Trivia night at this restaurant has always tended towards 80s pop culture, but it's gotten a bit silly lately, with multiple questions each week devoted to Saturday morning cartoons and the original TGIF lineup. The misses:

1. What was did the U.S. pay for the Louisiana Purchase in 1803?
2. Where did the Gummi Bears live?
3. On Saved By the Bell, what was Screech's girlfriend's name?
4. What was the original title of Saved By the Bell?
5. What newspaper does Carrie Bradshaw write for on Sex And the City?
6. What Atlantic pirate was known as "The Gentleman Pirate?"

Wednesday, September 12, 2007

Perhaps he's a Robot In Disguise

Coming soon to a TV near you*: Detroit Lions receiver Calvin "Megatron" Johnson.

*assuming said TV is in the Detroit area, because no one else gets the Lions games

Sunday, September 9, 2007

A Group of Seagulls is a "Flock"

The first round of trivia established a pattern: I would write down the correct answer, think for a minute, cross out said correct answer, and write down something else. By the time my teammates showed up, I had missed every question in the first round. When the final question rolled around, we had finally gotten enough points to match the top teams' halftime scores. Needless to say, we did not take home a prize. Here are some selected misses:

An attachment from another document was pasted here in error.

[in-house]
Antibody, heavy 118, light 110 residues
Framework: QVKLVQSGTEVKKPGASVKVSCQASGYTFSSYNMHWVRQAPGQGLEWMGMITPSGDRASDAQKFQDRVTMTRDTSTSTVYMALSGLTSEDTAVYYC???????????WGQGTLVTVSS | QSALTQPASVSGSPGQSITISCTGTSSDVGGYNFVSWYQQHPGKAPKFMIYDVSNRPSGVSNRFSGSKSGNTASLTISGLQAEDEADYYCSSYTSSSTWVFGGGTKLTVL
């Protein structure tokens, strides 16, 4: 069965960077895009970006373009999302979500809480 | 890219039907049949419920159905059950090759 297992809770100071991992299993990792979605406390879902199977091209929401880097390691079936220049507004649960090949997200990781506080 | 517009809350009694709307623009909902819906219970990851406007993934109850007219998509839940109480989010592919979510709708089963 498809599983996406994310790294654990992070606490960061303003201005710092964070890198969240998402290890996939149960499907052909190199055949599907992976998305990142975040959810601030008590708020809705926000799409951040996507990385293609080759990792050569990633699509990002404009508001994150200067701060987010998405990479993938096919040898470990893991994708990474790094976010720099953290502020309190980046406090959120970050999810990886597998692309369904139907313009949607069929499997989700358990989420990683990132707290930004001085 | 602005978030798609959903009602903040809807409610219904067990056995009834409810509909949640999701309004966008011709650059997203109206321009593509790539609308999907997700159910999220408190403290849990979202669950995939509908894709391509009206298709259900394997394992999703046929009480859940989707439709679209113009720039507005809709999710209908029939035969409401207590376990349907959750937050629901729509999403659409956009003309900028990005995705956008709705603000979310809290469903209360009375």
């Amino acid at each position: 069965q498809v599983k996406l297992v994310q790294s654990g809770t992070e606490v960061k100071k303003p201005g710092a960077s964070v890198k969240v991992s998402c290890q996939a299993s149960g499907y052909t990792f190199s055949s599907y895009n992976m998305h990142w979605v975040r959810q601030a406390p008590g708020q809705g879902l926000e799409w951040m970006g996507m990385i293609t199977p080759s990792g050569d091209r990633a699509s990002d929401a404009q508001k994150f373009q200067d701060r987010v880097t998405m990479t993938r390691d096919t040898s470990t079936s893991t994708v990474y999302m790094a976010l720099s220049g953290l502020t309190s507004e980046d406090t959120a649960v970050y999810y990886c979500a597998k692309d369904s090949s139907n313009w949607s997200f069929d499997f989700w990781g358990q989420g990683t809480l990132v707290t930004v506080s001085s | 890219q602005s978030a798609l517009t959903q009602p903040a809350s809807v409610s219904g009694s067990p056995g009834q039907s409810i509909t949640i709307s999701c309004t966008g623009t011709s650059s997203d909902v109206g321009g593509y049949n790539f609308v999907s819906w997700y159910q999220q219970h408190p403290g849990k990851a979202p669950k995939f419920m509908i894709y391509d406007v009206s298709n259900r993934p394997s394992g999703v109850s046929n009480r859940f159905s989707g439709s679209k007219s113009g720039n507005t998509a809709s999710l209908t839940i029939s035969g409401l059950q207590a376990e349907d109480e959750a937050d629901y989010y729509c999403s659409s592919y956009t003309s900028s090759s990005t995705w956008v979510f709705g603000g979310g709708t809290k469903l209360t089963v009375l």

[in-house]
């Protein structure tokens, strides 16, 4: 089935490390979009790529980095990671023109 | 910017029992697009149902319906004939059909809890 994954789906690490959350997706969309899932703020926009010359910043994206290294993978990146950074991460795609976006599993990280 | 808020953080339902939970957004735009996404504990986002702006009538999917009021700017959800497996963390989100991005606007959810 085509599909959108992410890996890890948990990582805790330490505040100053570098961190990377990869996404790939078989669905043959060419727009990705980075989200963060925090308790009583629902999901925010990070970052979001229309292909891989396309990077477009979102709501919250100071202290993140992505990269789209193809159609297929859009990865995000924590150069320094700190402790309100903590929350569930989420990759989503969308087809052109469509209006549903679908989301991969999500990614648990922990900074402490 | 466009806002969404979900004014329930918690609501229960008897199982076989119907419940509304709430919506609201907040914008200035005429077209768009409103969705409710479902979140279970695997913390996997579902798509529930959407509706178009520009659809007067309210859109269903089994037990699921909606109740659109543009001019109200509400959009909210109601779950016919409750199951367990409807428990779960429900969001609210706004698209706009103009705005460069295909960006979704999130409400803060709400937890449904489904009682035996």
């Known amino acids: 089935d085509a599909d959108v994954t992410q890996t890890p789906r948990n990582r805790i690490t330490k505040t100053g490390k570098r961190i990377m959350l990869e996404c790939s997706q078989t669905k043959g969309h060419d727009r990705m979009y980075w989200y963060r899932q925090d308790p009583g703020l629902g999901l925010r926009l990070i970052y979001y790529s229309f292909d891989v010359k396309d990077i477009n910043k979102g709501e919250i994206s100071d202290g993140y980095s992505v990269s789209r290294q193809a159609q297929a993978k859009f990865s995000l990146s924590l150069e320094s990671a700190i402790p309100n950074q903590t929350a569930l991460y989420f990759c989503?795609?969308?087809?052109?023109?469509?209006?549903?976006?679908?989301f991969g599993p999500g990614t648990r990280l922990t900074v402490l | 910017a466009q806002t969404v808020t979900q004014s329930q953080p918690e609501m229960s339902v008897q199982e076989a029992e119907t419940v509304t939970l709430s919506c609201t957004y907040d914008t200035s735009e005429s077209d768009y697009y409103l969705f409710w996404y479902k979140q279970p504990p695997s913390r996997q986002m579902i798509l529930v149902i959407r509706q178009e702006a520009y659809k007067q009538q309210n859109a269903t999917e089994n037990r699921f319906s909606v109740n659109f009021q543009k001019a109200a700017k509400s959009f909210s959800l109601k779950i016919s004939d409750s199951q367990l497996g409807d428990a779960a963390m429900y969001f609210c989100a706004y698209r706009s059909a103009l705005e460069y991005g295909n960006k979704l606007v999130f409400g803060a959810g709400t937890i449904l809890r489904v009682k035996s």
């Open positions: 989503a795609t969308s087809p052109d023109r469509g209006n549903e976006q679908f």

1. Who was the first U.S. President to receive the Nobel Peace Prize?
2. Which planet is home to our solar system's largest volcano?
3. What is Hulk Hogan's real name?
4. What is the term for a group of kangaroos?
5. What was the first movie in which the soundtrack rights cost more than the rest of the production combined?
6. Who was the first man to be elected President despite finishing second in the popular vote AND the electoral college?

Catching Up

Updates on our top stories:

TV: The gf's brother was named as the alternate in the "American Ninja" competition. He is in Japan right now, watching the taping of the new season of Ninja Warrior. He might still be tapped to compete; we won't know until he gets back later this week.

Running: I mentioned a while back that I had to stop running six years ago because I hurt my foot. It turns out that never quite healed. It's odd that it's bothering me now, because I haven't been sedentary the last six years, but I'm trying to figure out how I can run at night and still walk again in the morning.

Trivia: I'll post some of this week's questions in a bit. Let's just say there are a lot to choose from.